According to this story, her husband built a wooden stand along busy Route 61 and sold a dozen tamales packed in a lard tin for one dollar. The business was brisk, and others followed suit. Soon there were Hot Tamale stands from Memphis to Vicksburg.
That’s a nice American bootstraps story, but the facts probably side with a historical truth about the Delta and cotton farming.
In the 1920s, Mexican migrant workers found that they could make more money picking cotton in the Delta than they could back in Texas. Many Blacks had migrated north after World War I to work in factories, leaving the cotton industry short-handed.
It was a good fit for the migrant workers and the farmers, so it went on for many years. A percentage of the Mexican workers stayed in the area, and some began making tamales with the same modifications as the woman in the first story.
The flavor of the Delta version of the tamale caught on quick, and they are now a staple for travelers and locals alike from Memphis all the way down to New Orleans.
So, how did the Delta Hot Tamale jump over all that gumbo, beignet and Lake Pontchartrain to get to The Big Easy?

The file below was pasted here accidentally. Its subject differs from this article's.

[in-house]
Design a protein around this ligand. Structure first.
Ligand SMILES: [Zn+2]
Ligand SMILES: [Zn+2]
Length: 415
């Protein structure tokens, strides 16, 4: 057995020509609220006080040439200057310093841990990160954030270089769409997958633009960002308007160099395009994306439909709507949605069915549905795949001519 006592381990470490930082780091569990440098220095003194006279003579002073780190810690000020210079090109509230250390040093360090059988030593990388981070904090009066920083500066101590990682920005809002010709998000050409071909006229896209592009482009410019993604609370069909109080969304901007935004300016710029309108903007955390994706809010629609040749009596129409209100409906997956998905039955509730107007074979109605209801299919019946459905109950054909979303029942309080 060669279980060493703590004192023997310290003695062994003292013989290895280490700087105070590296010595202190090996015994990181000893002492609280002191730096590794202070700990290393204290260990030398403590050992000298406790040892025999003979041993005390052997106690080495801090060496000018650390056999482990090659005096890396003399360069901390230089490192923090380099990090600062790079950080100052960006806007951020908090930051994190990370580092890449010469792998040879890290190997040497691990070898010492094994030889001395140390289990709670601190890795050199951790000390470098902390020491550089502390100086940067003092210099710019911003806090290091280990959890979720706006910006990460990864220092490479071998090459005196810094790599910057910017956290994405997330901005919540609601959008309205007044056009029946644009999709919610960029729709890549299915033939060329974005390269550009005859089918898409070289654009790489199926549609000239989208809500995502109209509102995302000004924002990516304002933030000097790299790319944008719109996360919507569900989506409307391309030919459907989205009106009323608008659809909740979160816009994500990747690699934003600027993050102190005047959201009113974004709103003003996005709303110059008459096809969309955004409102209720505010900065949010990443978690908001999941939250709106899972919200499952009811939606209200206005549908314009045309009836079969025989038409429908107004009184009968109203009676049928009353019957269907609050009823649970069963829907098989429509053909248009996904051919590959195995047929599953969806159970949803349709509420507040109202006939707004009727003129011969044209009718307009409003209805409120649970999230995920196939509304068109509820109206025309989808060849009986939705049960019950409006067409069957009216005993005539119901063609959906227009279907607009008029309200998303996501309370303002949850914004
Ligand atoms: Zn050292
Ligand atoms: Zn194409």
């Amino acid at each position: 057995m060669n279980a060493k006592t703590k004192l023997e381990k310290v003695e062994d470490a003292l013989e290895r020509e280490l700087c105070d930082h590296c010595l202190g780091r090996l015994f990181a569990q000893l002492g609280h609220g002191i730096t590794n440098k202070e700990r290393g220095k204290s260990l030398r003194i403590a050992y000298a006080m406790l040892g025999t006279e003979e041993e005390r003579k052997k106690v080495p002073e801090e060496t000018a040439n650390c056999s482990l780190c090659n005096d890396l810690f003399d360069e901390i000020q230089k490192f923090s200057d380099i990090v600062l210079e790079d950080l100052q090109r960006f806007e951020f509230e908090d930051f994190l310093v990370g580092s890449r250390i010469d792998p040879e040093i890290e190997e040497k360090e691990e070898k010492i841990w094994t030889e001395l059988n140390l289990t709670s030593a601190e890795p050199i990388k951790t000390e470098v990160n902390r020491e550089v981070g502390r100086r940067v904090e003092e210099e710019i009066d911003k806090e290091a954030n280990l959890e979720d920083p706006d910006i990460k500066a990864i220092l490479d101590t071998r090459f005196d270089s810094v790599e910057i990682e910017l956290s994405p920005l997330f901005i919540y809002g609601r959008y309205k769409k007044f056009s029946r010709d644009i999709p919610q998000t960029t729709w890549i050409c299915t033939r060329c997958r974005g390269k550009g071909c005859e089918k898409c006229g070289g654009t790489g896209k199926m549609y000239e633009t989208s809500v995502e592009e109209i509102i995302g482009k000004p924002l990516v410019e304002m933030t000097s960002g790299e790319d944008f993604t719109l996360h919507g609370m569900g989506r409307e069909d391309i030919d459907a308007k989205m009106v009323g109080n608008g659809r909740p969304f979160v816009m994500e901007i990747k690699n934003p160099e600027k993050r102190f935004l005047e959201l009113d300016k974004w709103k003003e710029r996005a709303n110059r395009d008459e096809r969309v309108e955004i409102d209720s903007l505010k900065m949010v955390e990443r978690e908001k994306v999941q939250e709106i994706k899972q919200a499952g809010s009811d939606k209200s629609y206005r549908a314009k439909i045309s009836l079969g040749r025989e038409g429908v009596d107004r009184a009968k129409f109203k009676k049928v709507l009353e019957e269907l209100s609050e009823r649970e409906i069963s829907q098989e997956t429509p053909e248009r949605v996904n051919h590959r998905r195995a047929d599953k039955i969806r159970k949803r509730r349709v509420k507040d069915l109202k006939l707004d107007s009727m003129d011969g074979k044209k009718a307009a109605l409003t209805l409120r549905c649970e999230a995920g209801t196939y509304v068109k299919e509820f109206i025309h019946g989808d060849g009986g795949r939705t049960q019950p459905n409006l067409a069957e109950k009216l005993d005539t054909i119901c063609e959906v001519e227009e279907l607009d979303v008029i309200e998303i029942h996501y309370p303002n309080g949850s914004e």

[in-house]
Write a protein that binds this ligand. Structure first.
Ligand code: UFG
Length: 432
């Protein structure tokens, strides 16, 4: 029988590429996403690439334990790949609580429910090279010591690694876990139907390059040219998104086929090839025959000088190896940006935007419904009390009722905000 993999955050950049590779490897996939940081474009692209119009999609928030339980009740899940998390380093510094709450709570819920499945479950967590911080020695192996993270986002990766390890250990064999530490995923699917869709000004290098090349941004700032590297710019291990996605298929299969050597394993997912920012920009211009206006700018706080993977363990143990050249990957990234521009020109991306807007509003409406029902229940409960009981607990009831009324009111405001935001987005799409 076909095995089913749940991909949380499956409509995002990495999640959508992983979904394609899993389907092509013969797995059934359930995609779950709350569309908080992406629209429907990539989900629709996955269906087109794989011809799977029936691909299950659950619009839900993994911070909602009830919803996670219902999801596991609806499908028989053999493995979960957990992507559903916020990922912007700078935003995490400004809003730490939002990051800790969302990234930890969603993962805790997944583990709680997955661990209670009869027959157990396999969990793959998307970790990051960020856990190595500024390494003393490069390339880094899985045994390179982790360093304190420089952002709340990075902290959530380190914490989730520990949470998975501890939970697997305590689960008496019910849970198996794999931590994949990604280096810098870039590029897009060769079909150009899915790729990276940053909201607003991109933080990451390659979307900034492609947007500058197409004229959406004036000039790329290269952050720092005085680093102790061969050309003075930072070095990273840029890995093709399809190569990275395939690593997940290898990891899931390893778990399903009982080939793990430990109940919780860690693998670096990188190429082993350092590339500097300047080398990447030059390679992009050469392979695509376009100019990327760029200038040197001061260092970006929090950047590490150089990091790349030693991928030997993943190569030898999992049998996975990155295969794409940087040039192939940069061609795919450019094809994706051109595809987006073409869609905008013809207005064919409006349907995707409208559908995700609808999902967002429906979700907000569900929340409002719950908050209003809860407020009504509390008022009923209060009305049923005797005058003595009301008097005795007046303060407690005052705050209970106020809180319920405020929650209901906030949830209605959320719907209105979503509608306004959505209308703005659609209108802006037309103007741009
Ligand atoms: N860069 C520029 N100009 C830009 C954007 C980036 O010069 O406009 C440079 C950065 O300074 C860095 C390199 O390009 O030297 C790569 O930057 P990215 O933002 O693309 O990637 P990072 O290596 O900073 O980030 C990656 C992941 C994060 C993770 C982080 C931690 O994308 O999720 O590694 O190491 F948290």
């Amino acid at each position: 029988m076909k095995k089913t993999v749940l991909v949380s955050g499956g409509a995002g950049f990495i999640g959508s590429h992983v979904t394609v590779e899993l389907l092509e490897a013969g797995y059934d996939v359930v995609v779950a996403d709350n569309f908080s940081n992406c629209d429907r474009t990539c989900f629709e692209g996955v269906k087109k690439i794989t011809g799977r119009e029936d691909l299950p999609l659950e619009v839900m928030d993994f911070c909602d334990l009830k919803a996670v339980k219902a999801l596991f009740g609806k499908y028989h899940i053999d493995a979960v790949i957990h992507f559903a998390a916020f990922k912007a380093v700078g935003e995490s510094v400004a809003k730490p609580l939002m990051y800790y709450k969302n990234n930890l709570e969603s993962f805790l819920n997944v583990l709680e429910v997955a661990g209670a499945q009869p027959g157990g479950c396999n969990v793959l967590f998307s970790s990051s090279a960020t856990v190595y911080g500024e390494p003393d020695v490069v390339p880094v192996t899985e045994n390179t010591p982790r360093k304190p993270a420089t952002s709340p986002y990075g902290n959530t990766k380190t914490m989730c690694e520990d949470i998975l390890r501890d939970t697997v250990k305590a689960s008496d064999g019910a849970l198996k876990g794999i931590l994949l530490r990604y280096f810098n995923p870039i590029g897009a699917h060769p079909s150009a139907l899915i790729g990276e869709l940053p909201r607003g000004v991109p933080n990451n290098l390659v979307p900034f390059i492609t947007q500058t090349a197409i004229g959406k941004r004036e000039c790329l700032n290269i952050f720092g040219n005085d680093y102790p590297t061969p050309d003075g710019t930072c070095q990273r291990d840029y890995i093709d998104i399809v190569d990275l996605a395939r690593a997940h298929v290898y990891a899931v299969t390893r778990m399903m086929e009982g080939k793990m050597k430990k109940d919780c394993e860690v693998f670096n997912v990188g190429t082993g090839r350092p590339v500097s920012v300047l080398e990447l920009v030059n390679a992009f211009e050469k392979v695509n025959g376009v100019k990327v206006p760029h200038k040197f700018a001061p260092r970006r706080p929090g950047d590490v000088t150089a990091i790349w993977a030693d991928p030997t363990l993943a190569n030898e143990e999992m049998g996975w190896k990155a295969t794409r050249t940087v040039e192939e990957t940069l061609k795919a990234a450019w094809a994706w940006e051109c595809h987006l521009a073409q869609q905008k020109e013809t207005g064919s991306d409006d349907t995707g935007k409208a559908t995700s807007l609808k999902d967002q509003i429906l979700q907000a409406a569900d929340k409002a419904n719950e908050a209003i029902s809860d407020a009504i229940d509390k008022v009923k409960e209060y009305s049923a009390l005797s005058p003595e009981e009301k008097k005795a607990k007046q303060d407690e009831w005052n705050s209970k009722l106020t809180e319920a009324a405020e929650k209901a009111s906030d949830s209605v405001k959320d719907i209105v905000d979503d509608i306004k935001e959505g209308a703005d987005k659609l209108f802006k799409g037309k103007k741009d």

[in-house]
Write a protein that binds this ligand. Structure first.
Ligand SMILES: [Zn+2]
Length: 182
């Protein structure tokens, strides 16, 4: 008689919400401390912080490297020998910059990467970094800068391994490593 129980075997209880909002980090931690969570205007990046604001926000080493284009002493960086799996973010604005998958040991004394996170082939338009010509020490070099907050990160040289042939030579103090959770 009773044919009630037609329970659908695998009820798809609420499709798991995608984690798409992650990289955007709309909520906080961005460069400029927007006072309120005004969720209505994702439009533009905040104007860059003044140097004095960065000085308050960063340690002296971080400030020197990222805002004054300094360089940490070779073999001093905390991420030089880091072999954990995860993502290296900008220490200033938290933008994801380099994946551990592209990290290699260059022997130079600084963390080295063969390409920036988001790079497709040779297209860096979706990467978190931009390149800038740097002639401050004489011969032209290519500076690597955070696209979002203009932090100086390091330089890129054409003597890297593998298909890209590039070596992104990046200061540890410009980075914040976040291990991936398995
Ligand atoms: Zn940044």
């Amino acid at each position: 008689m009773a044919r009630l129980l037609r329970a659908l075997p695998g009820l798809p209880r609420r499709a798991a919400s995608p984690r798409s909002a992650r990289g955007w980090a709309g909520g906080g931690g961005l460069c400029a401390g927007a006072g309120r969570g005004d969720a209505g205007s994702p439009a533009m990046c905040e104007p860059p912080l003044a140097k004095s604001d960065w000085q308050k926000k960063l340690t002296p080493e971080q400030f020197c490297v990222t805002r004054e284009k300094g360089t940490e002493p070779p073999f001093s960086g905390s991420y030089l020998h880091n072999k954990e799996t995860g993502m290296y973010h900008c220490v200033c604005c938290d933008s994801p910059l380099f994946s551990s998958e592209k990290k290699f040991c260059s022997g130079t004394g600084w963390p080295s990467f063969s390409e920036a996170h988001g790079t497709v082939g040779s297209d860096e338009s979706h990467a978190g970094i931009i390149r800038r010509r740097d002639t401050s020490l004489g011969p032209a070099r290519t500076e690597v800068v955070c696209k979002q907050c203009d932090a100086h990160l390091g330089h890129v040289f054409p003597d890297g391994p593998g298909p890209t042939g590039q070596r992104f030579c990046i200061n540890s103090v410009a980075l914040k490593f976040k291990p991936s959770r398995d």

A Pocahontas County woman may very well have had a hand in it.
Sally Cobb is our “go to” woman for making the Delta tamale in these parts. Every once in a while, Sally graces us with a tamale-making class at the Hillsboro Library – and you get to eat what you make.
I asked Sally why she started making tamales down in New Orleans.
“When I had my restaurant in Covington, Louisiana, one of my frequent guests was the postmaster and his wife. They loved tamales and asked me to make some for them using their recipe. The recipe was very tasty, and I ended up making and selling them at the restaurant,” she said.
“Years later, post-Katrina, while Phillip was living in Pocahontas County and I was still in New Orleans, money was scarce. I began making the tamales to sell in the numerous bars near me. I made the tamales during the day and sold them, three for $5, at night.
“The tamales were wildly successful. I sold them at farmers markets, small festivals and even to restaurants. At one point, I made 18 to 20 dozen tamales at a time and developed a black bean tamale for the numerous vegetarians and vegans.”
Would you like to try your hand at making real Hot Tamales?
Sally will be teaching another tamale class Saturday, April 30, at Hillsboro Library.
For more information go to hillsboroclassroom.com
Until next week,